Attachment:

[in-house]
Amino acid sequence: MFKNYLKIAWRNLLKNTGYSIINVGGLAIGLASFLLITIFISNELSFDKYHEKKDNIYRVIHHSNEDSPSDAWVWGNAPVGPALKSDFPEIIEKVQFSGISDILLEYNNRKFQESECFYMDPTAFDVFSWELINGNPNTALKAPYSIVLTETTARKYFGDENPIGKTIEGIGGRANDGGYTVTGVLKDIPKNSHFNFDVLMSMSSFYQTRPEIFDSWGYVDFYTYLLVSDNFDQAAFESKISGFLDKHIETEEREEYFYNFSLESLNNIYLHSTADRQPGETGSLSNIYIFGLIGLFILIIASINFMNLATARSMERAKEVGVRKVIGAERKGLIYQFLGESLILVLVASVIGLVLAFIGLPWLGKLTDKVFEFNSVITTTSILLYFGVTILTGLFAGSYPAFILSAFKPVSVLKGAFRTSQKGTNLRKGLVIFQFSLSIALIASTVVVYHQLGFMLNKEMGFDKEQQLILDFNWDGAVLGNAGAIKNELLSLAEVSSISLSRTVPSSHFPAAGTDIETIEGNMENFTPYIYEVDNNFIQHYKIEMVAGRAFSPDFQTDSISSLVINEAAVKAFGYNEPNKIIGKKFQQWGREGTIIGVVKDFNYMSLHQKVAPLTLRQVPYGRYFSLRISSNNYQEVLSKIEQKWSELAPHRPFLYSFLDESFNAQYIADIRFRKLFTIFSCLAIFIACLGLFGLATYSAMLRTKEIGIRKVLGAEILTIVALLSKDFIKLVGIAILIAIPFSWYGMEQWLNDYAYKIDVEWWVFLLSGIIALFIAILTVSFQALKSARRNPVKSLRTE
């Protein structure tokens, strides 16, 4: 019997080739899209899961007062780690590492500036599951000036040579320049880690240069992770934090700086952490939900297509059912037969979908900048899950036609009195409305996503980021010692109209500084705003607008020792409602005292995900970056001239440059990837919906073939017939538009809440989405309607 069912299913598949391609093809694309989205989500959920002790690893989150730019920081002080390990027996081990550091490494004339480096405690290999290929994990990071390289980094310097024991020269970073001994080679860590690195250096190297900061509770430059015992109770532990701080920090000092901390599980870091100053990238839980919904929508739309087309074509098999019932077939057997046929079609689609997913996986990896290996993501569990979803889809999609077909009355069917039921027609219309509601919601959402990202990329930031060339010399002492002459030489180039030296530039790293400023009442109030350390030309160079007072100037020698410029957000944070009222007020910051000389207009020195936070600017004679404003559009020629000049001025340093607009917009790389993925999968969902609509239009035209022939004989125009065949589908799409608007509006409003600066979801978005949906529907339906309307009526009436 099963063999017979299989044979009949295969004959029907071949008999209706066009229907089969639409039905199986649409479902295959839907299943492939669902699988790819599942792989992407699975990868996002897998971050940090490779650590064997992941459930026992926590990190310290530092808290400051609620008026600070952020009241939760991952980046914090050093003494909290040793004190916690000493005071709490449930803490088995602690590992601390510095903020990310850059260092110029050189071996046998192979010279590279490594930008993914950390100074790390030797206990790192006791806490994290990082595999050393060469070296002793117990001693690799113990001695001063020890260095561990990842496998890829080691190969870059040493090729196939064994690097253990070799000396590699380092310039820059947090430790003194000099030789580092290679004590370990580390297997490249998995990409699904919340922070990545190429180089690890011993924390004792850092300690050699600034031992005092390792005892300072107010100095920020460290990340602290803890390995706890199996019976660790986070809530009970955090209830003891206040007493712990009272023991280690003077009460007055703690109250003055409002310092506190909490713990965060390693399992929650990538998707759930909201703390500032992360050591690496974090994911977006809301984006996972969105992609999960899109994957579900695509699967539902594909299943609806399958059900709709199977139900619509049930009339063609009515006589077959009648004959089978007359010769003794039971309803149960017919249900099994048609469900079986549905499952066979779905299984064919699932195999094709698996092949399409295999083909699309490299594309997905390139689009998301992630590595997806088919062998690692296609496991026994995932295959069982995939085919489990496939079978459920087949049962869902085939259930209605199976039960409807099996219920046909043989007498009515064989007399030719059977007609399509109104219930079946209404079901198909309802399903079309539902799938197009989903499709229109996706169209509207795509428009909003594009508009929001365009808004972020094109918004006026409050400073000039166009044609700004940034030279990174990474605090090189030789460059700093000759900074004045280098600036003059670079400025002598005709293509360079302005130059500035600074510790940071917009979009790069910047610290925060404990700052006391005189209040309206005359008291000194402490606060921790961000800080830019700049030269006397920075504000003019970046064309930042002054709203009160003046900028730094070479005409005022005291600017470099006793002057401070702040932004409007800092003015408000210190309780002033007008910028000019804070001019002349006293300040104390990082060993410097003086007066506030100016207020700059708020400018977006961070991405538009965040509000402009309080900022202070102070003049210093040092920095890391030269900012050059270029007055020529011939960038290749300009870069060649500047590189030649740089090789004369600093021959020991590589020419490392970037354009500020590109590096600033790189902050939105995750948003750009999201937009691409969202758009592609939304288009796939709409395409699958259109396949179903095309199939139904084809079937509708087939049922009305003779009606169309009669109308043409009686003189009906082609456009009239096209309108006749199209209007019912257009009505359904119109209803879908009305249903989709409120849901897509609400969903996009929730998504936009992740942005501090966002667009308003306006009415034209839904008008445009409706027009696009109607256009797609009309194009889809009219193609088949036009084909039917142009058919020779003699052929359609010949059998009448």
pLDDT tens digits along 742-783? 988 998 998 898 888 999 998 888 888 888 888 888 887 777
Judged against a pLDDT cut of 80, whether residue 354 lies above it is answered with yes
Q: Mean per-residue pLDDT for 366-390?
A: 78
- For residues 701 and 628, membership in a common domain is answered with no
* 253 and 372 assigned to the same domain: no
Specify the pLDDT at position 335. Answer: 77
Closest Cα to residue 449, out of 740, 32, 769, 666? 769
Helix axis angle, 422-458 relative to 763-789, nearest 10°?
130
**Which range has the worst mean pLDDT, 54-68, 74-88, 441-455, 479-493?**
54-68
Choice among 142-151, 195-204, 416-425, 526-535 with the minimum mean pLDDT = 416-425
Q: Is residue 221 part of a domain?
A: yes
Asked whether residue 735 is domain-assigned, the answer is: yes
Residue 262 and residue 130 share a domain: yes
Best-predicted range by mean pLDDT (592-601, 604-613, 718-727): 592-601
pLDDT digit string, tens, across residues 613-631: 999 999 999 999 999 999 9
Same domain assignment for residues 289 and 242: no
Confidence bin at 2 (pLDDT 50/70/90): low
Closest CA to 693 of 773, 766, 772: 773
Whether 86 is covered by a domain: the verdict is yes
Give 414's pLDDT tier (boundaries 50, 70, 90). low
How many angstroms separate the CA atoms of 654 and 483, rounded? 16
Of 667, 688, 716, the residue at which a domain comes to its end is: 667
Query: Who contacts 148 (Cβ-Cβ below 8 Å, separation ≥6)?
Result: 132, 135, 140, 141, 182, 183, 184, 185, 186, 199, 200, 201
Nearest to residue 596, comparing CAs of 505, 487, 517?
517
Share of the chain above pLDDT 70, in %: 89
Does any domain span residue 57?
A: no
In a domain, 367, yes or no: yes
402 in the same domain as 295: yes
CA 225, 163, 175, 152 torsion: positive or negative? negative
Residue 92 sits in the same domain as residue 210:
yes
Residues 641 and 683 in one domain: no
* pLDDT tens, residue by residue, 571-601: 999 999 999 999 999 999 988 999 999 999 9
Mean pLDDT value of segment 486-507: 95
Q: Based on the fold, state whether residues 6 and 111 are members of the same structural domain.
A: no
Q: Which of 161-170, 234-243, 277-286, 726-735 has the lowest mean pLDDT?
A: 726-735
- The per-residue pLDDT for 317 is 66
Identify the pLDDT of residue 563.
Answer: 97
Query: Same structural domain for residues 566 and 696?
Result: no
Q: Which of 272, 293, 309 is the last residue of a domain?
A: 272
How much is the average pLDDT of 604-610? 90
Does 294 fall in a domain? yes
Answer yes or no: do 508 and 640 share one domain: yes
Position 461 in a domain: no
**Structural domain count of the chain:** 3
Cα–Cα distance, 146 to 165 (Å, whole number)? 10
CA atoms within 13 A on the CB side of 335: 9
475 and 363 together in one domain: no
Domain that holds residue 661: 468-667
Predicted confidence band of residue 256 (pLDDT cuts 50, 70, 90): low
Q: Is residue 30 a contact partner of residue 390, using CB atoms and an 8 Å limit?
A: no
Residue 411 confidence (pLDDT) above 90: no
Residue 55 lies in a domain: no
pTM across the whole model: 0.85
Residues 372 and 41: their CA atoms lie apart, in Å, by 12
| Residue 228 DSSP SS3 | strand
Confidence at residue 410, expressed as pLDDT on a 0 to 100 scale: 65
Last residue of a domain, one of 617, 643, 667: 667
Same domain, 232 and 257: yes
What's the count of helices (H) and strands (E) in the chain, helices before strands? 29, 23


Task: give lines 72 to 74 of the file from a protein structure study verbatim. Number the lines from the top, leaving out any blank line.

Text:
| Residue 228 DSSP SS3 | strand
Confidence at residue 410, expressed as pLDDT on a 0 to 100 scale: 65
Last residue of a domain, one of 617, 643, 667: 667